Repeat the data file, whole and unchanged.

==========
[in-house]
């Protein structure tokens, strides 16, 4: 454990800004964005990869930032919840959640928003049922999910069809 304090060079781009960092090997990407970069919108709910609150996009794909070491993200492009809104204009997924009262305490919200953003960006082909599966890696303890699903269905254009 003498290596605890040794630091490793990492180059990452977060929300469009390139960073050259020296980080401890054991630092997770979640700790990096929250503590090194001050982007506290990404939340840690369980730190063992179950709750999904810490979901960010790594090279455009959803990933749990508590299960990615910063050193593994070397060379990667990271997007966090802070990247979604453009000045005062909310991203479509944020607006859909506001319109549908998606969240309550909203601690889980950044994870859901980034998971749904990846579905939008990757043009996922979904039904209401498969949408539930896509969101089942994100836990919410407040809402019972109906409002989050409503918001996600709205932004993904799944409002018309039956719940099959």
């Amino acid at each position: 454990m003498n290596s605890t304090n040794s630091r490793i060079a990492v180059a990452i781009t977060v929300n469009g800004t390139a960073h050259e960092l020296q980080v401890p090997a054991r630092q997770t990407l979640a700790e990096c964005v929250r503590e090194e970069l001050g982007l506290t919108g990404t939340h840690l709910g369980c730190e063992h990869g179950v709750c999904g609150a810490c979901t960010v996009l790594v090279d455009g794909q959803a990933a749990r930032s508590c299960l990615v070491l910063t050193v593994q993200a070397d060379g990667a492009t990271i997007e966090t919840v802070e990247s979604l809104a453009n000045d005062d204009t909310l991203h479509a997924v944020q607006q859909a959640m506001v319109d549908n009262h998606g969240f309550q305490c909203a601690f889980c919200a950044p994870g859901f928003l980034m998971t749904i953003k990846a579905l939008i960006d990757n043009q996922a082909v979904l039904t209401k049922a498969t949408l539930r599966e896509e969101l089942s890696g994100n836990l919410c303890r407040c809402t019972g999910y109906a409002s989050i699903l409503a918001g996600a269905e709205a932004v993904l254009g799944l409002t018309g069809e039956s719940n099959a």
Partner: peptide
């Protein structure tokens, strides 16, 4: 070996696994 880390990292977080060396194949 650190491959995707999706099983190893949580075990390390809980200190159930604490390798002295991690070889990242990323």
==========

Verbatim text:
[in-house]
């Protein structure tokens, strides 16, 4: 454990800004964005990869930032919840959640928003049922999910069809 304090060079781009960092090997990407970069919108709910609150996009794909070491993200492009809104204009997924009262305490919200953003960006082909599966890696303890699903269905254009 003498290596605890040794630091490793990492180059990452977060929300469009390139960073050259020296980080401890054991630092997770979640700790990096929250503590090194001050982007506290990404939340840690369980730190063992179950709750999904810490979901960010790594090279455009959803990933749990508590299960990615910063050193593994070397060379990667990271997007966090802070990247979604453009000045005062909310991203479509944020607006859909506001319109549908998606969240309550909203601690889980950044994870859901980034998971749904990846579905939008990757043009996922979904039904209401498969949408539930896509969101089942994100836990919410407040809402019972109906409002989050409503918001996600709205932004993904799944409002018309039956719940099959």
């Amino acid at each position: 454990m003498n290596s605890t304090n040794s630091r490793i060079a990492v180059a990452i781009t977060v929300n469009g800004t390139a960073h050259e960092l020296q980080v401890p090997a054991r630092q997770t990407l979640a700790e990096c964005v929250r503590e090194e970069l001050g982007l506290t919108g990404t939340h840690l709910g369980c730190e063992h990869g179950v709750c999904g609150a810490c979901t960010v996009l790594v090279d455009g794909q959803a990933a749990r930032s508590c299960l990615v070491l910063t050193v593994q993200a070397d060379g990667a492009t990271i997007e966090t919840v802070e990247s979604l809104a453009n000045d005062d204009t909310l991203h479509a997924v944020q607006q859909a959640m506001v319109d549908n009262h998606g969240f309550q305490c909203a601690f889980c919200a950044p994870g859901f928003l980034m998971t749904i953003k990846a579905l939008i960006d990757n043009q996922a082909v979904l039904t209401k049922a498969t949408l539930r599966e896509e969101l089942s890696g994100n836990l919410c303890r407040c809402t019972g999910y109906a409002s989050i699903l409503a918001g996600a269905e709205a932004v993904l254009g799944l409002t018309g069809e039956s719940n099959a």
Partner: peptide
């Protein structure tokens, strides 16, 4: 070996696994 880390990292977080060396194949 650190491959995707999706099983190893949580075990390390809980200190159930604490390798002295991690070889990242990323």